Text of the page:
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RIP Pelé

Pelé, the most decorated athlete in the history of soccer, has died at the age of 83. Pelé’s agent, Joe Fraga, confirmed his death, according to the Associated Press. An exact cause of death was not given, though, in Dec. 2022, it was revealed that Pelé — the mononym for the Brazilian-born Edson Arantes do Nascimento — was in palliative care at a São Paulo hospital following reports that he was no longer responding to chemotherapy treatment for colon cancer, which he was diagnosed with in Sept. 2021.

Although Pelé issued a statement congratulating Argentina — and specifically, their star player Lionel Messi, following the team’s 2022 FIFA World Cup win against France on Dec. 18, Pelé’s daughter revealed a couple of days later that her father would remain hospitalized through the Christmas holiday under “elevated care” due to “kidney and cardiac dysfunctions.”

“We decided with doctors that, for many reasons, it will be best for us to stay here, with all the care that this new family at [Albert Einstein hospital in Sao Paulo] gives us,” his daughter Kely Nascimento wrote on Instagram. “We love you and we will give up an update next week.”

Pelé was born on Oct. 23, 1940. His father was a professional soccer player in their native Brazil. Pelé — who was given his nickname by childhood friends because of the way he mispronounced his favorite soccer player goalkeeper Bilé — honed his craft playing futsal (or indoor soccer) in Bauru, the region within São Paulo, where Pelé grew up.

Then history changed for the entire game.

In 1956, at only the age of 15, Pelé tried out for the Santos FC professional club near São Paulo. He soon signed a contract with the team and made his professional debut on Sept. 7, 1956. In the Brazilian press, Pelé was instantly hailed as a star, with the forward leading the league in scoring as a 16-year-old in 1957. The following year, Pelé joined the Brazilian national team for the 1958 World Cup, delivering a performance that would make him a global star and earn him the nickname “O Rei,” or “The King.”

Pelé’s dominance continued through the Sixties as his Santos team won six championships in the Brazilian league over the course of that decade, while Brazil also won the World Cup in 1962 and 1970, with Pelé winning the Golden Ball for best player at the latter tournament. In his 19 seasons at Santos, spanning from 1956 to 1974 and roughly 660 games, Pelé scored a record-shattering 643 goals.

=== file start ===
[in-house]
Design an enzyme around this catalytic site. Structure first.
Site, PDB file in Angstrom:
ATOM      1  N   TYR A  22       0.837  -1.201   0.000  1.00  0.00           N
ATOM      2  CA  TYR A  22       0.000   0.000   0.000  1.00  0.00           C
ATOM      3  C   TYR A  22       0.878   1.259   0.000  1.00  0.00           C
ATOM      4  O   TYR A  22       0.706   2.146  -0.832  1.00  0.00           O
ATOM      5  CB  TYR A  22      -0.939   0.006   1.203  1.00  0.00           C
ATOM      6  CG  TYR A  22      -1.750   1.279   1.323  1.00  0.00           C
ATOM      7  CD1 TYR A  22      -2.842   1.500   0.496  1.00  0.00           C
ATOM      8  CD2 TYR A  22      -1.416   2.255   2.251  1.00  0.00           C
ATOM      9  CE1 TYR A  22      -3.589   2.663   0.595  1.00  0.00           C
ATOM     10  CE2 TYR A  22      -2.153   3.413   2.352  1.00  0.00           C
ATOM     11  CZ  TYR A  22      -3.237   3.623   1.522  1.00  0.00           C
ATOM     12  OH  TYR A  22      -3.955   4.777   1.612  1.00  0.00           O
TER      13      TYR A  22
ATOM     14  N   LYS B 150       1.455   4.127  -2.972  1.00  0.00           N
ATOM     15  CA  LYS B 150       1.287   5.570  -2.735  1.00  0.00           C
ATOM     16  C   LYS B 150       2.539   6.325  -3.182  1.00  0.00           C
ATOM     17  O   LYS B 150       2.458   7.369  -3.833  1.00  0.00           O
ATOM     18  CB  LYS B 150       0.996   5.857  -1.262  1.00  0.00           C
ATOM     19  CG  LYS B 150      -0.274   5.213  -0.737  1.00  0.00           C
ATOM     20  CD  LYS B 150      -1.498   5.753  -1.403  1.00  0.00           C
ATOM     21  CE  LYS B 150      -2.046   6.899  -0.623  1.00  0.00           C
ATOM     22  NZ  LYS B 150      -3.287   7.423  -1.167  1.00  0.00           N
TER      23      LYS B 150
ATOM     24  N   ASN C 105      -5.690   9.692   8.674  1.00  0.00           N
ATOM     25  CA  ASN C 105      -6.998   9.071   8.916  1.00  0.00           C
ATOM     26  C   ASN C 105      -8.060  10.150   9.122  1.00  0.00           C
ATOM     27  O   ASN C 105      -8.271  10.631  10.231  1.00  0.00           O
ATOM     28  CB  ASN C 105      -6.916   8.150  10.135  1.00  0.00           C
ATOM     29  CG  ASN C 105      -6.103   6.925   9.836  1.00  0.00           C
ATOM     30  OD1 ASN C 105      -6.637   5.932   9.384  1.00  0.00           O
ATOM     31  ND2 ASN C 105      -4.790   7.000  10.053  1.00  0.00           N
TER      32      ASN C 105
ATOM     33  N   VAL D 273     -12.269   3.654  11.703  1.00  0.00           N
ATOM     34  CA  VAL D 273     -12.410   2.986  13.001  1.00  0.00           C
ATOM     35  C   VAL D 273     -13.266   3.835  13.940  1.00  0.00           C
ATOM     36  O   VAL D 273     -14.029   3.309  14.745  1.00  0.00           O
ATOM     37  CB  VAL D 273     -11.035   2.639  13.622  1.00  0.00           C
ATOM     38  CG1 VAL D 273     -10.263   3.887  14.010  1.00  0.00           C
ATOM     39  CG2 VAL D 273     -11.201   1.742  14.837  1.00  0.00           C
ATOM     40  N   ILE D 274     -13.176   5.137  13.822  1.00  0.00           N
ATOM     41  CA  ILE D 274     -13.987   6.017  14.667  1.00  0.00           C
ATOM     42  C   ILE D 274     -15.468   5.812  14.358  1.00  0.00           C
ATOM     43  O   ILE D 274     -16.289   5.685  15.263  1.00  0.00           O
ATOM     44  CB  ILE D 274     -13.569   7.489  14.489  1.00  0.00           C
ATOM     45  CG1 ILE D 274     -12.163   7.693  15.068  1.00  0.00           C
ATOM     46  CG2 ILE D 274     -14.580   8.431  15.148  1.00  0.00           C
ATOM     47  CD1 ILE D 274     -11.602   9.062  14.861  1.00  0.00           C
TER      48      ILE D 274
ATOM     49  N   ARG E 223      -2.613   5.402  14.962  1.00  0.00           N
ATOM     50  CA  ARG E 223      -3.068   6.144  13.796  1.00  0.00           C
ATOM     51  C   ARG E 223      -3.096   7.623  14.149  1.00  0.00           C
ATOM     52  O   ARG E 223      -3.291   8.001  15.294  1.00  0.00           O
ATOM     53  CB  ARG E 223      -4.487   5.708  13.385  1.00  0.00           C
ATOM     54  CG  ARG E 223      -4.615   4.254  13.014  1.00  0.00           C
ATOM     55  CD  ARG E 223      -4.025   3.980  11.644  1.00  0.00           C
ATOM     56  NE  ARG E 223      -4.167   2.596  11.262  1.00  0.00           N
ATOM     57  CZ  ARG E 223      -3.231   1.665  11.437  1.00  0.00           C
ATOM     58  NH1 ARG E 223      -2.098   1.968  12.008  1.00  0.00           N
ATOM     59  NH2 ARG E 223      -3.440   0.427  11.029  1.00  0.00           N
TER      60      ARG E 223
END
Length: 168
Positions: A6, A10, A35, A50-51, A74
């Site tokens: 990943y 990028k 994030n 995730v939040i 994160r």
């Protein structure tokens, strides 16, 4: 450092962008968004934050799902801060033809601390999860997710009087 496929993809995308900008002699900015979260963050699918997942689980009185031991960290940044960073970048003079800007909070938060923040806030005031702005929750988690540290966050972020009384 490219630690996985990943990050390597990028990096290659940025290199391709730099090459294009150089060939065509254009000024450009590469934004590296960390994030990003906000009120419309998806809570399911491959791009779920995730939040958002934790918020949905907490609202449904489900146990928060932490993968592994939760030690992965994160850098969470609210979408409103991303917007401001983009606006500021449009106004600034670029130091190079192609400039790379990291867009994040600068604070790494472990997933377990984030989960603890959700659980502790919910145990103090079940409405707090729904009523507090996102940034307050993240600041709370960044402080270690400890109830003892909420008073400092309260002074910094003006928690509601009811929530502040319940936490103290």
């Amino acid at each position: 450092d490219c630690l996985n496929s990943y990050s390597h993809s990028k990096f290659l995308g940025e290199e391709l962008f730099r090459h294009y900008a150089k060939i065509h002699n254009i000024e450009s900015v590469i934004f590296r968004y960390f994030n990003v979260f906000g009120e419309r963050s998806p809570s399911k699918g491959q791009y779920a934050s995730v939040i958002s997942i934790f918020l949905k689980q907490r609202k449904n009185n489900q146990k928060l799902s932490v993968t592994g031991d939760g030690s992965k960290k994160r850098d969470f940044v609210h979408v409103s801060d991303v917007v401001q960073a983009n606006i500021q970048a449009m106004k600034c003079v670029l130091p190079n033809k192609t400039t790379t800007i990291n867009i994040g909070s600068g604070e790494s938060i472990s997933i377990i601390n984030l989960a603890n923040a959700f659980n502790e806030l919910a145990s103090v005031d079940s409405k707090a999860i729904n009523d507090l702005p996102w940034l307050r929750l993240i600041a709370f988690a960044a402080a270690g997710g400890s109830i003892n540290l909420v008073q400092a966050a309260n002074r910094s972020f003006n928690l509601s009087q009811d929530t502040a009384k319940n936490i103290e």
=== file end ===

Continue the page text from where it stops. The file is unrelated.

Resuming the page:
In 1975, Pelé helped ignite interest in “the Beautiful Game” — a phrase he in part popularized for the sport, inspired by his own majestic style of play — in the U.S., a country seemingly culturally impervious to soccer’s charms: The American team failed to even qualify for the World Cup between 1954 to 1986. Following nearly two decades at Santos and a brief retirement, Pelé signed with the New York Cosmos of the North American Soccer League.

Pelé’s mere presence helped the Cosmos reach record attendances, and the sport itself gained public awareness otherwise unheard of stateside. He spent three years with the Cosmos, culminating in a Soccer Bowl championship with the Cosmos in 1977. That same year, Pelé played his final game as a pro as the Cosmos hosted his former longtime team, Santos, for an exhibition match at a sold-out Giants Stadium, with Pelé playing for both teams during the game.

Can you even imagine anyone being so respected by both teams he’d be allowed or encouraged to do that today?

In the near half-century following his retirement, Pelé became one of soccer’s greatest ambassadors, continuing his push to keep the “Beautiful Game” on the forefront of the world stage. He starred in soccer-related movies — 1981’s Escape to Victory and 1986’s Hotshot — and teamed with Brazilian musician Sergio Mendes on the soundtrack to a 1977 documentary about his life. He received an honorary knighthood from Queen Elizabeth as well as every other possible soccer-related accolade, from the FIFA Order of Merit to the FIFA Player of the Century to being featured prominently on Time’s 100 Most Important People of the 20th Century list.